Chamonix-based IFMGA guide Ben Tibbetts is familiar with navigating the Mont Blanc massif, but when he ventures beyond his home base to explore new high-mountain, complex terrain, he can’t rely on memory to help him travel safely. For this reason, on a recent trip with a group of close friends to Greenland, Tibbetts looked to new navigational tools created by the company FATMAP to help him locate appropriate objectives and ski first descents.
Along the way, Tibbetts documented this journey on film to share the excitement of a remote adventure, the workings of a beautiful culture and the utility of FATMAP in making it all possible. We caught up with Tibbetts at home in Chamonix to find out more about the trip and about how he used the FATMAP program in the field. Here is what he had to say.
Ben Tibbetts: Greenland is the poor man’s Antarctica. I have worked up in Greenland twice before back in 2012. It is vastly more accessible than the Antarctic, but the scale of wilderness and adventure is on a totally different scale from being in the Alps or being in the Rockies. It’s so far removed from everyday life that it’s one of those dream destinations. I definitely wanted to get back there to do a recreational trip; to go and explore new lines and have a good time with some friends.
BCM: Who were the people you traveled with?
BT: They are all really close friends of mine. It wasn’t a team of pro skiers. I ski 100 days in the Alps every year with some of these guys. Misha (Gopaul) is whom I do more than anything with—we race together, climb, mountaineer and do all kinds of stuff in Chamonix. He has been developing this FATMAP app for a few years now.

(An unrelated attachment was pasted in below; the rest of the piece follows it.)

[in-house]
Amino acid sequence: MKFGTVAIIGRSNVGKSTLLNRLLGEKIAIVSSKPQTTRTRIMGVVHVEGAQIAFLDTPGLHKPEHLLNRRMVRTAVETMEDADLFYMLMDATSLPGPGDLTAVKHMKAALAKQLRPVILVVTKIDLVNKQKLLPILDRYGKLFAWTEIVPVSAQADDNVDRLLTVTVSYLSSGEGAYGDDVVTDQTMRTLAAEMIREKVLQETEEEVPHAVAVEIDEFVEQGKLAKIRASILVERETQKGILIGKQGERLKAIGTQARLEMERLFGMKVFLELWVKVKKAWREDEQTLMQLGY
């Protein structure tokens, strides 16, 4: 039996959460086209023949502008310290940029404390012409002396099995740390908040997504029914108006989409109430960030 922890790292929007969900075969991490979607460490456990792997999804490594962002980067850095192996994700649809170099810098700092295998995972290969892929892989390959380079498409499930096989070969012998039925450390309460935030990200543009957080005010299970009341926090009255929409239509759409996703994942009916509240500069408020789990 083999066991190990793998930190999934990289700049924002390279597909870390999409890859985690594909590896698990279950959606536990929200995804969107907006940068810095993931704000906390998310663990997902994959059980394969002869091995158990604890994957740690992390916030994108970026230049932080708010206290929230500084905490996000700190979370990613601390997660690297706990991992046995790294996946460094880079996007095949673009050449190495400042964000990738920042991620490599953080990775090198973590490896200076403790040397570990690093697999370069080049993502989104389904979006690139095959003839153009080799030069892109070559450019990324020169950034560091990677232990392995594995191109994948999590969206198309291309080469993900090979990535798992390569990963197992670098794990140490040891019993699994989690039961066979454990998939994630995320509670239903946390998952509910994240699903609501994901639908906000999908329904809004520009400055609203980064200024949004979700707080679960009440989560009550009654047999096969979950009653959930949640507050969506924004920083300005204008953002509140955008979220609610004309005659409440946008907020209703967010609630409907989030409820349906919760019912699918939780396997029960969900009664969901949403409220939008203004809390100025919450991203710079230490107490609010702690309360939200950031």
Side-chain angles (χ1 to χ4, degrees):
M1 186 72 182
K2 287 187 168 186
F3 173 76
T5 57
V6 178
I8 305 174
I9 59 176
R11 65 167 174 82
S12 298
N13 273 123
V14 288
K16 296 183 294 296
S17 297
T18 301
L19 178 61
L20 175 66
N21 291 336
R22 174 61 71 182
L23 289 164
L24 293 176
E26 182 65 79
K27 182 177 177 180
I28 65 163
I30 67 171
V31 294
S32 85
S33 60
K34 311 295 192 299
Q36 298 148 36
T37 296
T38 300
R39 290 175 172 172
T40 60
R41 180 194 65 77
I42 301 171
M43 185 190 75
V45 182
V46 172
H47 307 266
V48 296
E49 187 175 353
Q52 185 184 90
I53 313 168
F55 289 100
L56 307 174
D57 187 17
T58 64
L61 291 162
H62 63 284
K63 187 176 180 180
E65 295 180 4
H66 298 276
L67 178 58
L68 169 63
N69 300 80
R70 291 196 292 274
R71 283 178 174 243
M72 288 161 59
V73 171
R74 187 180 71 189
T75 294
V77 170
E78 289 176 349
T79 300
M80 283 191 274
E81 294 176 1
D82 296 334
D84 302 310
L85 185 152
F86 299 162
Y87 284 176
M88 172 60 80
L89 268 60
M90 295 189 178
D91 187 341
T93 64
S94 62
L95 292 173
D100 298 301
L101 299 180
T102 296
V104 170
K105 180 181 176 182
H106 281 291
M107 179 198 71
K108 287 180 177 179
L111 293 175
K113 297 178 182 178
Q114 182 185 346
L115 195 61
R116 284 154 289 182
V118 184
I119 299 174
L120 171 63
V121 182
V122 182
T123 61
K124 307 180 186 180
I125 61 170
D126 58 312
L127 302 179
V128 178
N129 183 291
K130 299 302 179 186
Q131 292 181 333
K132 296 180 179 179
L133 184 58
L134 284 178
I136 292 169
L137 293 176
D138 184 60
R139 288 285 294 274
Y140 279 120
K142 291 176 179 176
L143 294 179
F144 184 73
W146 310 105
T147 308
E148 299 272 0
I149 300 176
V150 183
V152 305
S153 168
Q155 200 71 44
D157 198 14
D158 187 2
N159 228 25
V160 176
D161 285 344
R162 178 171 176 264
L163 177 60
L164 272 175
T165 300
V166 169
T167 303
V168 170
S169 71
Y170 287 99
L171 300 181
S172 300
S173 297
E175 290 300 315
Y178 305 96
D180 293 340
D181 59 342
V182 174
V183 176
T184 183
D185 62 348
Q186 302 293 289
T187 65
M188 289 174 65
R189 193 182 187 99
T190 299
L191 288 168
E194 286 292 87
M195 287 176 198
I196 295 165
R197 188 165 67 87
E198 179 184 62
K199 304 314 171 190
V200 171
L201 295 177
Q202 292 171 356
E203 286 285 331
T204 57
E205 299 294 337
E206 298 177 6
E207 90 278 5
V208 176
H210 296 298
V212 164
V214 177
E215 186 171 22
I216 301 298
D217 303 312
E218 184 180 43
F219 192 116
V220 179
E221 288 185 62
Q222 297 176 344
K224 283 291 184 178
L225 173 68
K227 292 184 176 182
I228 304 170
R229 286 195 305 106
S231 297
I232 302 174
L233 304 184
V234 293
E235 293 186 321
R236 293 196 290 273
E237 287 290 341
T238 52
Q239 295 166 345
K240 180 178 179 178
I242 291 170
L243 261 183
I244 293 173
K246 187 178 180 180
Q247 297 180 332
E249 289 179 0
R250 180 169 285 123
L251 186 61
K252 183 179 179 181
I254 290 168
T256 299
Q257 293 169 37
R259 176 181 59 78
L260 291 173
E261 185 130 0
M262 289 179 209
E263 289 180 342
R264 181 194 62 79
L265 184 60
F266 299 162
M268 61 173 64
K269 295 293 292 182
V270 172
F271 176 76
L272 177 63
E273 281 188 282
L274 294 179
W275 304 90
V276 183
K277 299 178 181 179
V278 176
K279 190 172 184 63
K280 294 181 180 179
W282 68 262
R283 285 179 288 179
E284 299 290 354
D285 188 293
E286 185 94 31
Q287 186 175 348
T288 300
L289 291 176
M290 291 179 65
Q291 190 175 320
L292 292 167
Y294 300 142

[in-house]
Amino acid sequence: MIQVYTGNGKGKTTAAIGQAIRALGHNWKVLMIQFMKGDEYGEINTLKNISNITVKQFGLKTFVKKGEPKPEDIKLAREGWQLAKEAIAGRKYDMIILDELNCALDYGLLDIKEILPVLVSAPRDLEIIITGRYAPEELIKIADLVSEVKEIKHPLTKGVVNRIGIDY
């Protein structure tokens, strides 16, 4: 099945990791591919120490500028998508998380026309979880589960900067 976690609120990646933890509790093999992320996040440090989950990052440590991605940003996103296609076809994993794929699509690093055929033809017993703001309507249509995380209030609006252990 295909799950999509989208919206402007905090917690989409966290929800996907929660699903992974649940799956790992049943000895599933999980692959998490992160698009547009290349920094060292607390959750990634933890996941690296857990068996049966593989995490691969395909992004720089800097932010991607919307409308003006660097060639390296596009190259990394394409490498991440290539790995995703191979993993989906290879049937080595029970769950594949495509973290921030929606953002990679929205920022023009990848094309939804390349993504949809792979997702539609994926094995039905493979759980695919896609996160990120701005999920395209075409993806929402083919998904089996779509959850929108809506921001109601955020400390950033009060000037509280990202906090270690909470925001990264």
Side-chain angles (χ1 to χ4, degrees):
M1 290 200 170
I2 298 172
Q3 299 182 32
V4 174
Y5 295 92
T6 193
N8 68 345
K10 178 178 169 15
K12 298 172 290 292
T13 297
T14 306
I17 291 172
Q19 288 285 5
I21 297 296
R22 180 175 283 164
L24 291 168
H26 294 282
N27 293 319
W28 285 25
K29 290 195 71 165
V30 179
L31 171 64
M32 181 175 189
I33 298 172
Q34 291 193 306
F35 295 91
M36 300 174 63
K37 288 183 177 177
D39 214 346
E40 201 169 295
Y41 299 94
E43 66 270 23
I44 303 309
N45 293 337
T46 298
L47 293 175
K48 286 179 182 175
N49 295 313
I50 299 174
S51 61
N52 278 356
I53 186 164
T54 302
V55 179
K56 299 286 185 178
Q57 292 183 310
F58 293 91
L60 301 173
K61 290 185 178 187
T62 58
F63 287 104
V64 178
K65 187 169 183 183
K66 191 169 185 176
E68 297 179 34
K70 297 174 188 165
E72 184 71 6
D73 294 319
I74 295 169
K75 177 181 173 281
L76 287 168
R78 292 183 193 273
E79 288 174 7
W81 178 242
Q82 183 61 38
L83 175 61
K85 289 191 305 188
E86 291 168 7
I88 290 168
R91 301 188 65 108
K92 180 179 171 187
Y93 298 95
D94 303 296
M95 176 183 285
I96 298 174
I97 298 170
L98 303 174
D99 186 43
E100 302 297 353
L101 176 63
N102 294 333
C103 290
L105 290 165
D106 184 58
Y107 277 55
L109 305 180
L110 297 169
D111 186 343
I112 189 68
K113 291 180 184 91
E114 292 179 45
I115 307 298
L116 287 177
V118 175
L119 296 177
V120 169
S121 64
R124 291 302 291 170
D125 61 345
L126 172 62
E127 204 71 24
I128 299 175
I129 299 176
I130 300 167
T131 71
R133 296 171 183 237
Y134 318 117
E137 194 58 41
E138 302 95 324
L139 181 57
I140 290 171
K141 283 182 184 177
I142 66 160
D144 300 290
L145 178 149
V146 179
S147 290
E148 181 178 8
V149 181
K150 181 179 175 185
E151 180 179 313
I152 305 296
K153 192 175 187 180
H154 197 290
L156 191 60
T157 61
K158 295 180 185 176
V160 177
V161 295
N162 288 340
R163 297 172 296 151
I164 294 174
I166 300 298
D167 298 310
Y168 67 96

The original plan was to explore Greenland, and it was actually touch-and-go whether we could get the data in time for this trip, because it is actually quite a complicated process: extracting the data from the satellite company and then building the map, but Misha was an obvious choice, FATMAP or no FATMAP.
Another partner was Stewart (Johnston), who works as a lawyer in London, but has a lot of experience in the mountains. Like Misha and I, Stewart and I have done a lot of ski-mountaineering racing together as well as loads of climbing.
And Toto (Cox) was an obvious choice for the trip. My girlfriend was supposed to come along but she broke her leg right before we left, and I wanted to have a girl along, because I think it is important to have that feminine dynamic. Toto was a clear choice. She is someone who I have done a lot with in the mountains and she was keen to come along.
BCM: What is navigation in Greenland like?